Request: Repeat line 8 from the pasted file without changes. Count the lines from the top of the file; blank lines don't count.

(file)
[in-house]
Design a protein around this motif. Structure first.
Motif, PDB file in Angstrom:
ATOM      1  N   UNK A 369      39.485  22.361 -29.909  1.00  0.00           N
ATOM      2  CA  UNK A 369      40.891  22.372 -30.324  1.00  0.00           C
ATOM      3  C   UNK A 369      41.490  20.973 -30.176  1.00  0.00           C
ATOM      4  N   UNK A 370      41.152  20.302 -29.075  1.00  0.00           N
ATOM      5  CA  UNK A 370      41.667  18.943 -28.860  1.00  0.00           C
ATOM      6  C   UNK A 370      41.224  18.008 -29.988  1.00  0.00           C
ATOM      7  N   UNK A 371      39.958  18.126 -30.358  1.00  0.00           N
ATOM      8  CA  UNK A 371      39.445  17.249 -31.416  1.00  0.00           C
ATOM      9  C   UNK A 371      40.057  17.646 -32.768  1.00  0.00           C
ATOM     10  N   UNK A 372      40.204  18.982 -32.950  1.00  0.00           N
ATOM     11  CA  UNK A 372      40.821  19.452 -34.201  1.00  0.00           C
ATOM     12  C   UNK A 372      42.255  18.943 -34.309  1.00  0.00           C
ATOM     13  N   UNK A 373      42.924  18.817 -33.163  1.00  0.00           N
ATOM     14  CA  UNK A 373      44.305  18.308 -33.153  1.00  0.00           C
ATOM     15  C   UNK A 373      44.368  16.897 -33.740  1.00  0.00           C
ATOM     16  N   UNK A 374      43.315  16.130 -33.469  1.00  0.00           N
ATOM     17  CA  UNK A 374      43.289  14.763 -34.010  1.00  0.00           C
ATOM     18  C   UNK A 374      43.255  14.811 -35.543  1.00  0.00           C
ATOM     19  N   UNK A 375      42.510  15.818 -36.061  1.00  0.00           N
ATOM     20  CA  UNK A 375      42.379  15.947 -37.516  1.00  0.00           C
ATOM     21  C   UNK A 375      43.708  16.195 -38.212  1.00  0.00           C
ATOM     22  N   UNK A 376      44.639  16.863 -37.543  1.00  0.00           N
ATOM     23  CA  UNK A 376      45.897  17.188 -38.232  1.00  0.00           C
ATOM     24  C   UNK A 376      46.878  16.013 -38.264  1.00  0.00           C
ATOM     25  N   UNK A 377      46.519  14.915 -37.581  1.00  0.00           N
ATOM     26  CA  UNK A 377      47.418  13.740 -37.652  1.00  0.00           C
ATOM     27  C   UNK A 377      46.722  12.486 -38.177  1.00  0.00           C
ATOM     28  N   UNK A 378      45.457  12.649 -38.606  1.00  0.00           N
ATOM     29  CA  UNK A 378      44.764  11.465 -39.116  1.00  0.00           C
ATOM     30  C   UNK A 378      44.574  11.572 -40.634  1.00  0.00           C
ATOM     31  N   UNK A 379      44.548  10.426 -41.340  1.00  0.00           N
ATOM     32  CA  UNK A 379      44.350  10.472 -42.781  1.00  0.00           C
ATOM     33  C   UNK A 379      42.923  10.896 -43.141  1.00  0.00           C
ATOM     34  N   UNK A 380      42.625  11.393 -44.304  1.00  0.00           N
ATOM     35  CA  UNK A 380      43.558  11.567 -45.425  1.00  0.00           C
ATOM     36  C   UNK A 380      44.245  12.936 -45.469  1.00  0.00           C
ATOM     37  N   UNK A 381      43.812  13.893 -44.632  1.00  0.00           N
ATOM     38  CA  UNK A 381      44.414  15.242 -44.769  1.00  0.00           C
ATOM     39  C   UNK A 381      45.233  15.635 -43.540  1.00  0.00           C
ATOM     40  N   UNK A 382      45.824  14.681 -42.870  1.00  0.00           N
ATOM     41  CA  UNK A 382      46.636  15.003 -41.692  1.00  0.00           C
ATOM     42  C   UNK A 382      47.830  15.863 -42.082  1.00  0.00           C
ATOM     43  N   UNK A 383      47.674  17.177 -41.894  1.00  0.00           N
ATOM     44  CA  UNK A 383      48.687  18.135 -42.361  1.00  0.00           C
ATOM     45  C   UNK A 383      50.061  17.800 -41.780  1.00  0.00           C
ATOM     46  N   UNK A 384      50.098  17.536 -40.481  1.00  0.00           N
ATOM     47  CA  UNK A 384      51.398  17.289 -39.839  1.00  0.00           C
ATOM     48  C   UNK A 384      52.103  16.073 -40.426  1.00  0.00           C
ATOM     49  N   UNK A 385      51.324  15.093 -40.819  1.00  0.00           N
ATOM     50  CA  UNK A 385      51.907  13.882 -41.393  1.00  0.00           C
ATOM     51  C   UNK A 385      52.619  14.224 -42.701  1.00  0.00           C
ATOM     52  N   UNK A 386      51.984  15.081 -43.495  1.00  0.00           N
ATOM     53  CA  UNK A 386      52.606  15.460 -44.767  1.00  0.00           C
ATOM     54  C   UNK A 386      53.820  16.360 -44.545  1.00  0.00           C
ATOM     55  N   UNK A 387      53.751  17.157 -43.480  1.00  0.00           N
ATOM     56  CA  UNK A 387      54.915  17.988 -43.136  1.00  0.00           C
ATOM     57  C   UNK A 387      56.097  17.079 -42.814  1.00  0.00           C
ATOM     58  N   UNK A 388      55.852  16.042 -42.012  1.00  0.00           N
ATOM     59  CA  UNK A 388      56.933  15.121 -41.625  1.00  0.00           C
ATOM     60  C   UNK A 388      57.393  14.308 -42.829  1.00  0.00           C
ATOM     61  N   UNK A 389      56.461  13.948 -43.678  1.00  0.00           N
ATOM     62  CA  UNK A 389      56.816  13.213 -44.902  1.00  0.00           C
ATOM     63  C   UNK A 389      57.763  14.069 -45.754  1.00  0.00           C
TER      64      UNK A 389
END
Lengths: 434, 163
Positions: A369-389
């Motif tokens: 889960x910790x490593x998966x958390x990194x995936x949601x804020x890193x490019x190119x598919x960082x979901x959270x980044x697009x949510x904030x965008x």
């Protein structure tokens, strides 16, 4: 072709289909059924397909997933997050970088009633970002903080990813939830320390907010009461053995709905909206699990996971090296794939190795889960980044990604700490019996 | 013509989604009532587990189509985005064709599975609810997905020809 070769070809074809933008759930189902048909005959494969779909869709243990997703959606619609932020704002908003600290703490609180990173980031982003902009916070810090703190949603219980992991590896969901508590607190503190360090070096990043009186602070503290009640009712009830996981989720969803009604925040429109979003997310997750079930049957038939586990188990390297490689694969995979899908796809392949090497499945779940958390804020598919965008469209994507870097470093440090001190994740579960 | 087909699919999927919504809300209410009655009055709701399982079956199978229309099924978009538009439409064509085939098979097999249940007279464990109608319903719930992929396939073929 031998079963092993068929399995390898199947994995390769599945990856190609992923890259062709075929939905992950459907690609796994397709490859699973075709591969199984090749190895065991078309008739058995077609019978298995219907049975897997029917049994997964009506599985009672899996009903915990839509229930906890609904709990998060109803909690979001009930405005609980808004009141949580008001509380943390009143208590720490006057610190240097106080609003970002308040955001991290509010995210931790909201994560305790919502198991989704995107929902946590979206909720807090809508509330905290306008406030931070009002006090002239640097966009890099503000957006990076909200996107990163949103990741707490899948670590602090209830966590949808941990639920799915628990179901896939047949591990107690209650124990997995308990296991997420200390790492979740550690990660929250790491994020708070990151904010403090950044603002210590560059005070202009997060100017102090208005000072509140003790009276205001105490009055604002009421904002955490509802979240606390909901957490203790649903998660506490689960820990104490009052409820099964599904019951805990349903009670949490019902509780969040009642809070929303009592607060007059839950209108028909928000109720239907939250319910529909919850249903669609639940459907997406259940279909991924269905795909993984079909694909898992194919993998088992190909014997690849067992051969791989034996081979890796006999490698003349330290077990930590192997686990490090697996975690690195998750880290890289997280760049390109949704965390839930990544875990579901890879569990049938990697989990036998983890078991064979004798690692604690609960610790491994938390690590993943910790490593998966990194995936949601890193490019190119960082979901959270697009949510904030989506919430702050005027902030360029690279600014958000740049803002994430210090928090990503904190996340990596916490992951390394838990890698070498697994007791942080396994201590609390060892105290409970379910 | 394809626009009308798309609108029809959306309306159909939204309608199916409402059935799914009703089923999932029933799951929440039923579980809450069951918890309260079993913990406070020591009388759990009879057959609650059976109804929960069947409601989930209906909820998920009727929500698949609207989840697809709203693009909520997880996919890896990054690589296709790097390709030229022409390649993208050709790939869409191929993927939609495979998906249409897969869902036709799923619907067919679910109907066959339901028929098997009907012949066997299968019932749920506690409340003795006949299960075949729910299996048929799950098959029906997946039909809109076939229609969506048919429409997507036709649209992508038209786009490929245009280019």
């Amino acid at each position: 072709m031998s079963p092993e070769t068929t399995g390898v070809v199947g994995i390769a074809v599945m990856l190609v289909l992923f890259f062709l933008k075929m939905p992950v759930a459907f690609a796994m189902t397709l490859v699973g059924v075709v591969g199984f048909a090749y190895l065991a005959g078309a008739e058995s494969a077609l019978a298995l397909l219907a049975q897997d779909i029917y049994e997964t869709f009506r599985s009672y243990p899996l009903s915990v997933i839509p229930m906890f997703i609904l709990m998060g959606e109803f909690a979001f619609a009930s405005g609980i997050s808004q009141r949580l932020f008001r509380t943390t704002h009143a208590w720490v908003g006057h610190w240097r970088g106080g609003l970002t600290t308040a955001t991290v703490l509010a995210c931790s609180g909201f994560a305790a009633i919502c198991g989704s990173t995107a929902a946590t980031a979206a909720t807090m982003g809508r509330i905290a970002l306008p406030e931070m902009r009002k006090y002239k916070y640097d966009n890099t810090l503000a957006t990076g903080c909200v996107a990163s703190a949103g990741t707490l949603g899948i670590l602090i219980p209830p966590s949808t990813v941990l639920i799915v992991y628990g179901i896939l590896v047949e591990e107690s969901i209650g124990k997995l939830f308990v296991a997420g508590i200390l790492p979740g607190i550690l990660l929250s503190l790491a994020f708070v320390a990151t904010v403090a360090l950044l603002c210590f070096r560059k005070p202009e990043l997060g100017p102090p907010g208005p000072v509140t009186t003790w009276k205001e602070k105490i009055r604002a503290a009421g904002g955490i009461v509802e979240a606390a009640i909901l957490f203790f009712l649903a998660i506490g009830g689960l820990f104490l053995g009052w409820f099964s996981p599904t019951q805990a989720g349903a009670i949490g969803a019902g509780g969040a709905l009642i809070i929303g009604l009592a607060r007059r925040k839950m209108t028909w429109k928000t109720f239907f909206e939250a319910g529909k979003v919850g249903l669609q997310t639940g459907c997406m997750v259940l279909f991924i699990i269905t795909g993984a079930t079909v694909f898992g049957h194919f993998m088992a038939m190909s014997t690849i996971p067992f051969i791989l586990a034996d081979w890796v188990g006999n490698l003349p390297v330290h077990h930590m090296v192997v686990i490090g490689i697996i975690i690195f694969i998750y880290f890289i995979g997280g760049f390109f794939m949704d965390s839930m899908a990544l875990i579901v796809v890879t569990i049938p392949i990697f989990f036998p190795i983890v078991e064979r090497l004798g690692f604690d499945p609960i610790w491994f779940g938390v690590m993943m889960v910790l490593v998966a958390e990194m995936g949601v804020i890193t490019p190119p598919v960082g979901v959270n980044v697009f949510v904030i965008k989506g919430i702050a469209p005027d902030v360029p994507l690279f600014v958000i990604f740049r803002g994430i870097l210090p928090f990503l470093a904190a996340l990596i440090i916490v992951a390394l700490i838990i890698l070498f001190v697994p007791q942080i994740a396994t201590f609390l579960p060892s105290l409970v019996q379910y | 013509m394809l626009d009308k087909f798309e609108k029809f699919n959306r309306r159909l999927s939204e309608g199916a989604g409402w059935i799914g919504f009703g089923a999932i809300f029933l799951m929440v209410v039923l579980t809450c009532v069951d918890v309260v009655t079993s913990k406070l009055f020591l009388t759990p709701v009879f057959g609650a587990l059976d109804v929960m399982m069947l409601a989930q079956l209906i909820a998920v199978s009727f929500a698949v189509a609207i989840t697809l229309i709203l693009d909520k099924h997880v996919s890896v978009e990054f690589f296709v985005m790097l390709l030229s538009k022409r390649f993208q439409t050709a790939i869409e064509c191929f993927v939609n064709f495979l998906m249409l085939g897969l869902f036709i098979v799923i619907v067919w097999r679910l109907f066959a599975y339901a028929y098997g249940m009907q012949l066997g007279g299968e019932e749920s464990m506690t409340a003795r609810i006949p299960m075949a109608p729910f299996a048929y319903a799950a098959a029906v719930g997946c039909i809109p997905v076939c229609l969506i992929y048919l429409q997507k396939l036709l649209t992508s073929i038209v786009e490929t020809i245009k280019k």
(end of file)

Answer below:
ATOM      5  CA  UNK A 370      41.667  18.943 -28.860  1.00  0.00           C